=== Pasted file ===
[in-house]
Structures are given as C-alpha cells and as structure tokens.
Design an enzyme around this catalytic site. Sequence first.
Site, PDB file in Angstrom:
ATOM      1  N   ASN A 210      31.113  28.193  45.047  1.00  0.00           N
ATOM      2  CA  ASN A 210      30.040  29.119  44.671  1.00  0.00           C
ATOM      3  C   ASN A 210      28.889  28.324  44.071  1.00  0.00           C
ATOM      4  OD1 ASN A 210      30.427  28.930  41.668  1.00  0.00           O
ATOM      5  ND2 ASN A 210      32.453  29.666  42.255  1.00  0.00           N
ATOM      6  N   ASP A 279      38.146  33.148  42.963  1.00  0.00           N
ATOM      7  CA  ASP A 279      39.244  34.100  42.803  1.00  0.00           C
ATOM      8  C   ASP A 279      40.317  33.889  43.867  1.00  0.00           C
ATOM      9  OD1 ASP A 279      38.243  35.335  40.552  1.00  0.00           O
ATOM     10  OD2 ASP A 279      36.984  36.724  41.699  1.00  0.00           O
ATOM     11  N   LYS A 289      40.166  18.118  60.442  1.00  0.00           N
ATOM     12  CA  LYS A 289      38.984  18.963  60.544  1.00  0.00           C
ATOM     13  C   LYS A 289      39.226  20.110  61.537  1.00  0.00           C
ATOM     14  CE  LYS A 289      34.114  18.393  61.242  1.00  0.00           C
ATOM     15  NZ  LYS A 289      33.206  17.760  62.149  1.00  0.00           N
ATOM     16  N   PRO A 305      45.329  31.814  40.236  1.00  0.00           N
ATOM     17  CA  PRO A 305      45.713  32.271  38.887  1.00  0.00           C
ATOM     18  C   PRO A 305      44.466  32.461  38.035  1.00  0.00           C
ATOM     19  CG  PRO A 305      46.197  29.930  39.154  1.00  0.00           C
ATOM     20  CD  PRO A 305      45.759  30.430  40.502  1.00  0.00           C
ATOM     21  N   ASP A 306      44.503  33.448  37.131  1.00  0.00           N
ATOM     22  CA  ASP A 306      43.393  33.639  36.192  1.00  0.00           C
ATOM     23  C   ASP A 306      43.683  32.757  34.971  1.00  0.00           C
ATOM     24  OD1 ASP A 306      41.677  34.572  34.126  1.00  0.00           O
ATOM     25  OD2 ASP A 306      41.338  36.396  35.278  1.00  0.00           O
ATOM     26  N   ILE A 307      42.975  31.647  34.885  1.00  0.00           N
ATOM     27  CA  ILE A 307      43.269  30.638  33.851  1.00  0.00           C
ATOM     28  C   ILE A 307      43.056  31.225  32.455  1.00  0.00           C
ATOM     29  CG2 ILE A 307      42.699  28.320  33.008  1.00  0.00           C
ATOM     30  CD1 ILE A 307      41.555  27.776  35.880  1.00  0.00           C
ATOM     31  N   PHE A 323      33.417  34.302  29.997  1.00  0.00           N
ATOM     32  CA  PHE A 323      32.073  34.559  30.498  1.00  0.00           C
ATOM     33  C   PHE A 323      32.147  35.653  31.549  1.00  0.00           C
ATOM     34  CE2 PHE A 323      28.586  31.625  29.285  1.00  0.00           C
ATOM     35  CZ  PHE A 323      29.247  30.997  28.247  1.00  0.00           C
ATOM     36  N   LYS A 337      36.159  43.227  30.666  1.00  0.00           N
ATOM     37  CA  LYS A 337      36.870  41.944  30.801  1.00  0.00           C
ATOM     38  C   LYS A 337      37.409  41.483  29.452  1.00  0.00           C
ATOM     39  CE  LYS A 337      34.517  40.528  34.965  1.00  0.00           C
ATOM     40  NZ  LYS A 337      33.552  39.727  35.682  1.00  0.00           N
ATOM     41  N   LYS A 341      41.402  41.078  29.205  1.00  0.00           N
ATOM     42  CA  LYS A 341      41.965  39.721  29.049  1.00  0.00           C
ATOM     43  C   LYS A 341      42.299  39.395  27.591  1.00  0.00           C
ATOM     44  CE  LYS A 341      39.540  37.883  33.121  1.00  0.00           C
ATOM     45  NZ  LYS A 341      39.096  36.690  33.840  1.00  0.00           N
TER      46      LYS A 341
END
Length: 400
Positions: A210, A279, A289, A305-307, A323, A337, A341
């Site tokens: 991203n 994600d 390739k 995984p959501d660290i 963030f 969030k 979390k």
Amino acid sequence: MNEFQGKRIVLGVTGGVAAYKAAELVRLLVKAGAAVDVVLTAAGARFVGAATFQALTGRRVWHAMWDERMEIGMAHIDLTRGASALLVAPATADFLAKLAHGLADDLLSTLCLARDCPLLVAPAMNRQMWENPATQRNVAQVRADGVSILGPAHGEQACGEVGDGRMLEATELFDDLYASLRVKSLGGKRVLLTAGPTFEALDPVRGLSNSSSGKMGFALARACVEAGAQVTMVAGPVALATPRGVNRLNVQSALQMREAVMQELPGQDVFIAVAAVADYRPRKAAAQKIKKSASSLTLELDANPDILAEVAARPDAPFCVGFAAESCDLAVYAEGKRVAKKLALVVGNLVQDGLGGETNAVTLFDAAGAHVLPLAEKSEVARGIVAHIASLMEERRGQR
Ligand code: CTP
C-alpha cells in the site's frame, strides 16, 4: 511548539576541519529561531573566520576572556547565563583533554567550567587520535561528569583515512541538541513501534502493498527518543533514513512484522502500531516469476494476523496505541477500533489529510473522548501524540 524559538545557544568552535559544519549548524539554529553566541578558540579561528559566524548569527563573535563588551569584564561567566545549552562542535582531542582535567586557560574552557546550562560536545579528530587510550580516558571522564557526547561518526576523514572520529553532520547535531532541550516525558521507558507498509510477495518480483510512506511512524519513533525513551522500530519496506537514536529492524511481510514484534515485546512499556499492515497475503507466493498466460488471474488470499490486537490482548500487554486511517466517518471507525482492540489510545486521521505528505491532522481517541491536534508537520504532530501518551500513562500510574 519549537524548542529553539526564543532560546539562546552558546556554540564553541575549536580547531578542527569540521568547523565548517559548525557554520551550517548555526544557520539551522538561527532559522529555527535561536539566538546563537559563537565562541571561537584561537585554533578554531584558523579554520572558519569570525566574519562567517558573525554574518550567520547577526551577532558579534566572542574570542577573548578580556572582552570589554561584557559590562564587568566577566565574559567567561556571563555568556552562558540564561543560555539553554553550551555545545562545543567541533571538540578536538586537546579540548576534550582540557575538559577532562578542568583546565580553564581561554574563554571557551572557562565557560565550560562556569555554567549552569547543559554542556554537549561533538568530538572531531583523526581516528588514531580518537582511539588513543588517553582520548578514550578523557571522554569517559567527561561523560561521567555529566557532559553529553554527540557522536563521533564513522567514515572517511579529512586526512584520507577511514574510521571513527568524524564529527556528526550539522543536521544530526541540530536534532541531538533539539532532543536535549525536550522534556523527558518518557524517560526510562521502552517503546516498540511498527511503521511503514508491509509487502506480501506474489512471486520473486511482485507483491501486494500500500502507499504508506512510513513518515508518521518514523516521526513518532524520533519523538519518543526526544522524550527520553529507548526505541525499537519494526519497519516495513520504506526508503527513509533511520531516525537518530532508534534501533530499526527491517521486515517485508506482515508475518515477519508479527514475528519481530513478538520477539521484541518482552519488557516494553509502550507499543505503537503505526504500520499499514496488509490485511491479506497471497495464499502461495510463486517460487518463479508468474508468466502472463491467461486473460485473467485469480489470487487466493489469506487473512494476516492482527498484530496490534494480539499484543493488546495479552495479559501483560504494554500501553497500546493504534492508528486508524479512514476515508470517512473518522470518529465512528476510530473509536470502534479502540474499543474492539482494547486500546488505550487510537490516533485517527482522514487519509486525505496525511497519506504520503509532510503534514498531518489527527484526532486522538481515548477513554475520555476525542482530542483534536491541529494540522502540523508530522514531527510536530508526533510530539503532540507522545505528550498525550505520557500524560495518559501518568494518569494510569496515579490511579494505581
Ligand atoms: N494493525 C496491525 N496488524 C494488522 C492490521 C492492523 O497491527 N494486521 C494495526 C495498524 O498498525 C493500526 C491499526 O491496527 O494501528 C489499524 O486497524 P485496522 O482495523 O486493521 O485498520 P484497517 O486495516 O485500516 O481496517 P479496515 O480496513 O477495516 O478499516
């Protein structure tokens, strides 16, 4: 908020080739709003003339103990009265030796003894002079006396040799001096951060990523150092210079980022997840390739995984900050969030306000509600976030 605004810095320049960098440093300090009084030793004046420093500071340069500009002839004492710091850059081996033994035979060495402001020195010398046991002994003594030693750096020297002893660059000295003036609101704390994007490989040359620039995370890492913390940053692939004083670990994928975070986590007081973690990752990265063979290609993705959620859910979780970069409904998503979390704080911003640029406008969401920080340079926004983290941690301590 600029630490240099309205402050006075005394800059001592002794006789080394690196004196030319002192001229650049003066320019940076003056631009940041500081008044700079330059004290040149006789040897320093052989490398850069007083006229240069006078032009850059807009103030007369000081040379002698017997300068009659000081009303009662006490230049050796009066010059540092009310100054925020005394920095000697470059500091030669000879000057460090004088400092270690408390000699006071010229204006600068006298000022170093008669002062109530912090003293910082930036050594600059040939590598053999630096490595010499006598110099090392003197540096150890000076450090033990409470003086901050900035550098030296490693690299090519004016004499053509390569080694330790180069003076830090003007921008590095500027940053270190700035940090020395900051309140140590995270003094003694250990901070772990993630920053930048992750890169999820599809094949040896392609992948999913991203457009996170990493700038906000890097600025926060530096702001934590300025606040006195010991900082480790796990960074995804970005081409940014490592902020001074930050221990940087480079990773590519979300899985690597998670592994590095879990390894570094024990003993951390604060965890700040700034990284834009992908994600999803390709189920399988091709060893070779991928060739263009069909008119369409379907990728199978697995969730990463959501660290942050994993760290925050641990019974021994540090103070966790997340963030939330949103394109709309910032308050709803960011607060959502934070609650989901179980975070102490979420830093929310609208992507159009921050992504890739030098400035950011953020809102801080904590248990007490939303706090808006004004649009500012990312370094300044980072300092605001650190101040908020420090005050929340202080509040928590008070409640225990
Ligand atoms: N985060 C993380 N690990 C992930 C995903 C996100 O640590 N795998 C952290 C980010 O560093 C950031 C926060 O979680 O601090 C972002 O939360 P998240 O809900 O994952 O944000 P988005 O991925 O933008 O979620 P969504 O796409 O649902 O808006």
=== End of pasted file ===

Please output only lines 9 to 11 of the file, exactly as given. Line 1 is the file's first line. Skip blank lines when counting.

ATOM      5  ND2 ASN A 210      32.453  29.666  42.255  1.00  0.00           N
ATOM      6  N   ASP A 279      38.146  33.148  42.963  1.00  0.00           N
ATOM      7  CA  ASP A 279      39.244  34.100  42.803  1.00  0.00           C